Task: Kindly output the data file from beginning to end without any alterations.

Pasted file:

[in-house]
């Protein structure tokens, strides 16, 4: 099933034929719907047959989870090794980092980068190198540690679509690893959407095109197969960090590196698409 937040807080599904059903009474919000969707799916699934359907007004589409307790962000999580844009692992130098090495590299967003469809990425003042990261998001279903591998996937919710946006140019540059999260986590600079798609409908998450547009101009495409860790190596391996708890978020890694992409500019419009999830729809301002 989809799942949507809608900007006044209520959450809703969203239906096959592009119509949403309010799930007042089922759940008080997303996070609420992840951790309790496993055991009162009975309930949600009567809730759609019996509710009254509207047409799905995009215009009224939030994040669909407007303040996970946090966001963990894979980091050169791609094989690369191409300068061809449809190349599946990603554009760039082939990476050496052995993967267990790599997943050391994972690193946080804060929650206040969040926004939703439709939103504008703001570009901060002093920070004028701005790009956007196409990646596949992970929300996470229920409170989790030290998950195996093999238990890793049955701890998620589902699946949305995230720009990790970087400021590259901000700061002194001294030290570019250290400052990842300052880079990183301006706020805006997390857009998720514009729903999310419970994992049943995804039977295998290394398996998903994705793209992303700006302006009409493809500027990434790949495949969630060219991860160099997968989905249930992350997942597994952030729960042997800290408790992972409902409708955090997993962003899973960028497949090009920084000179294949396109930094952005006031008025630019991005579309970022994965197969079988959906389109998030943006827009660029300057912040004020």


[in-house]
């Protein structure tokens, strides 16, 4: 099933034929719907047959989870090794980092980068190198540690679509690893959407095109197969960090590196698409 937040807080599904059903009474919000969707799916699934359907007004589409307790962000999580844009692992130098090495590299967003469809990425003042990261998001279903591998996937919710946006140019540059999260986590600079798609409908998450547009101009495409860790190596391996708890978020890694992409500019419009999830729809301002 989809799942949507809608900007006044209520959450809703969203239906096959592009119509949403309010799930007042089922759940008080997303996070609420992840951790309790496993055991009162009975309930949600009567809730759609019996509710009254509207047409799905995009215009009224939030994040669909407007303040996970946090966001963990894979980091050169791609094989690369191409300068061809449809190349599946990603554009760039082939990476050496052995993967267990790599997943050391994972690193946080804060929650206040969040926004939703439709939103504008703001570009901060002093920070004028701005790009956007196409990646596949992970929300996470229920409170989790030290998950195996093999238990890793049955701890998620589902699946949305995230720009990790970087400021590259901000700061002194001294030290570019250290400052990842300052880079990183301006706020805006997390857009998720514009729903999310419970994992049943995804039977295998290394398996998903994705793209992303700006302006009409493809500027990434790949495949969630060219991860160099997968989905249930992350997942597994952030729960042997800290408790992972409902409708955090997993962003899973960028497949090009920084000179294949396109930094952005006031008025630019991005579309970022994965197969079988959906389109998030943006827009660029300057912040004020």